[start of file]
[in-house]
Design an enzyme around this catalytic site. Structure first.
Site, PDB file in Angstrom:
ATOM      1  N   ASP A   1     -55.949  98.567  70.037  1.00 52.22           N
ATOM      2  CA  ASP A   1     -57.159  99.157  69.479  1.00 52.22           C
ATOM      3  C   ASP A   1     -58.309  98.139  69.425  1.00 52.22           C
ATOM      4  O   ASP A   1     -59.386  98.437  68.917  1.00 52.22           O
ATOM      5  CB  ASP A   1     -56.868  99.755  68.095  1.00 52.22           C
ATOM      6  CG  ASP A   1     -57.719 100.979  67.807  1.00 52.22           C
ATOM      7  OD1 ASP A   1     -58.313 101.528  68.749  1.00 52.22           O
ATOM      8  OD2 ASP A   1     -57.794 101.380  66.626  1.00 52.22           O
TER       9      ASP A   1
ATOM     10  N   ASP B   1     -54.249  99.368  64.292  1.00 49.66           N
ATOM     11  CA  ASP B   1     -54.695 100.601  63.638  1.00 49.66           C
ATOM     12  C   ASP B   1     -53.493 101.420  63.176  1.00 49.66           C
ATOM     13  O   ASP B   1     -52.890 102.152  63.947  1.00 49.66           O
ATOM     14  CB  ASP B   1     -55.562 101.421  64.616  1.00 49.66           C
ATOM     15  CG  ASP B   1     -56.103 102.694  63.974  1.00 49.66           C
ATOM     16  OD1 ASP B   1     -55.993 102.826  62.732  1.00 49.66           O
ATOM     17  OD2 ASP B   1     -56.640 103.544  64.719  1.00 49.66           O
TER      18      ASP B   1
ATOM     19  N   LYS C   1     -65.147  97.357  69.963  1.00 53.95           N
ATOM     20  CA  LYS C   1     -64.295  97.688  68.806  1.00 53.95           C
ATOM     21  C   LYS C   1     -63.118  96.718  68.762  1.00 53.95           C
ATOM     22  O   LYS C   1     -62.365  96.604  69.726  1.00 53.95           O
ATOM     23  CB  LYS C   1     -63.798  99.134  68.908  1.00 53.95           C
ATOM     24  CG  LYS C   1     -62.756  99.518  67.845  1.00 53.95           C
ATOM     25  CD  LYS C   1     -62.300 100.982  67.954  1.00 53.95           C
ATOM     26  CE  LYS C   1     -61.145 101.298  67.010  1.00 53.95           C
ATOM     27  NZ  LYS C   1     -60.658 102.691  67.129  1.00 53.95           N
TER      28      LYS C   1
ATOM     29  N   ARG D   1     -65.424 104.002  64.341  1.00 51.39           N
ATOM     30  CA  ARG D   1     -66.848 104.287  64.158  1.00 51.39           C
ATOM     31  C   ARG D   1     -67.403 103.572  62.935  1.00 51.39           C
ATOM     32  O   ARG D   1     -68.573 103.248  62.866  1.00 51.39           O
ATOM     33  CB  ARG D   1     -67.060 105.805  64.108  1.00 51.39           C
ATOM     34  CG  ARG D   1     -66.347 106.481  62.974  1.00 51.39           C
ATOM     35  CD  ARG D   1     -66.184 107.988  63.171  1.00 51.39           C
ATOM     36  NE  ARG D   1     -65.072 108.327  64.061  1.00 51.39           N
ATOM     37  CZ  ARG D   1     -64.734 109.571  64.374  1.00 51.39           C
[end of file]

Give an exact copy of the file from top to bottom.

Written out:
[in-house]
Design an enzyme around this catalytic site. Structure first.
Site, PDB file in Angstrom:
ATOM      1  N   ASP A   1     -55.949  98.567  70.037  1.00 52.22           N
ATOM      2  CA  ASP A   1     -57.159  99.157  69.479  1.00 52.22           C
ATOM      3  C   ASP A   1     -58.309  98.139  69.425  1.00 52.22           C
ATOM      4  O   ASP A   1     -59.386  98.437  68.917  1.00 52.22           O
ATOM      5  CB  ASP A   1     -56.868  99.755  68.095  1.00 52.22           C
ATOM      6  CG  ASP A   1     -57.719 100.979  67.807  1.00 52.22           C
ATOM      7  OD1 ASP A   1     -58.313 101.528  68.749  1.00 52.22           O
ATOM      8  OD2 ASP A   1     -57.794 101.380  66.626  1.00 52.22           O
TER       9      ASP A   1
ATOM     10  N   ASP B   1     -54.249  99.368  64.292  1.00 49.66           N
ATOM     11  CA  ASP B   1     -54.695 100.601  63.638  1.00 49.66           C
ATOM     12  C   ASP B   1     -53.493 101.420  63.176  1.00 49.66           C
ATOM     13  O   ASP B   1     -52.890 102.152  63.947  1.00 49.66           O
ATOM     14  CB  ASP B   1     -55.562 101.421  64.616  1.00 49.66           C
ATOM     15  CG  ASP B   1     -56.103 102.694  63.974  1.00 49.66           C
ATOM     16  OD1 ASP B   1     -55.993 102.826  62.732  1.00 49.66           O
ATOM     17  OD2 ASP B   1     -56.640 103.544  64.719  1.00 49.66           O
TER      18      ASP B   1
ATOM     19  N   LYS C   1     -65.147  97.357  69.963  1.00 53.95           N
ATOM     20  CA  LYS C   1     -64.295  97.688  68.806  1.00 53.95           C
ATOM     21  C   LYS C   1     -63.118  96.718  68.762  1.00 53.95           C
ATOM     22  O   LYS C   1     -62.365  96.604  69.726  1.00 53.95           O
ATOM     23  CB  LYS C   1     -63.798  99.134  68.908  1.00 53.95           C
ATOM     24  CG  LYS C   1     -62.756  99.518  67.845  1.00 53.95           C
ATOM     25  CD  LYS C   1     -62.300 100.982  67.954  1.00 53.95           C
ATOM     26  CE  LYS C   1     -61.145 101.298  67.010  1.00 53.95           C
ATOM     27  NZ  LYS C   1     -60.658 102.691  67.129  1.00 53.95           N
TER      28      LYS C   1
ATOM     29  N   ARG D   1     -65.424 104.002  64.341  1.00 51.39           N
ATOM     30  CA  ARG D   1     -66.848 104.287  64.158  1.00 51.39           C
ATOM     31  C   ARG D   1     -67.403 103.572  62.935  1.00 51.39           C
ATOM     32  O   ARG D   1     -68.573 103.248  62.866  1.00 51.39           O
ATOM     33  CB  ARG D   1     -67.060 105.805  64.108  1.00 51.39           C
ATOM     34  CG  ARG D   1     -66.347 106.481  62.974  1.00 51.39           C
ATOM     35  CD  ARG D   1     -66.184 107.988  63.171  1.00 51.39           C
ATOM     36  NE  ARG D   1     -65.072 108.327  64.061  1.00 51.39           N
ATOM     37  CZ  ARG D   1     -64.734 109.571  64.374  1.00 51.39           C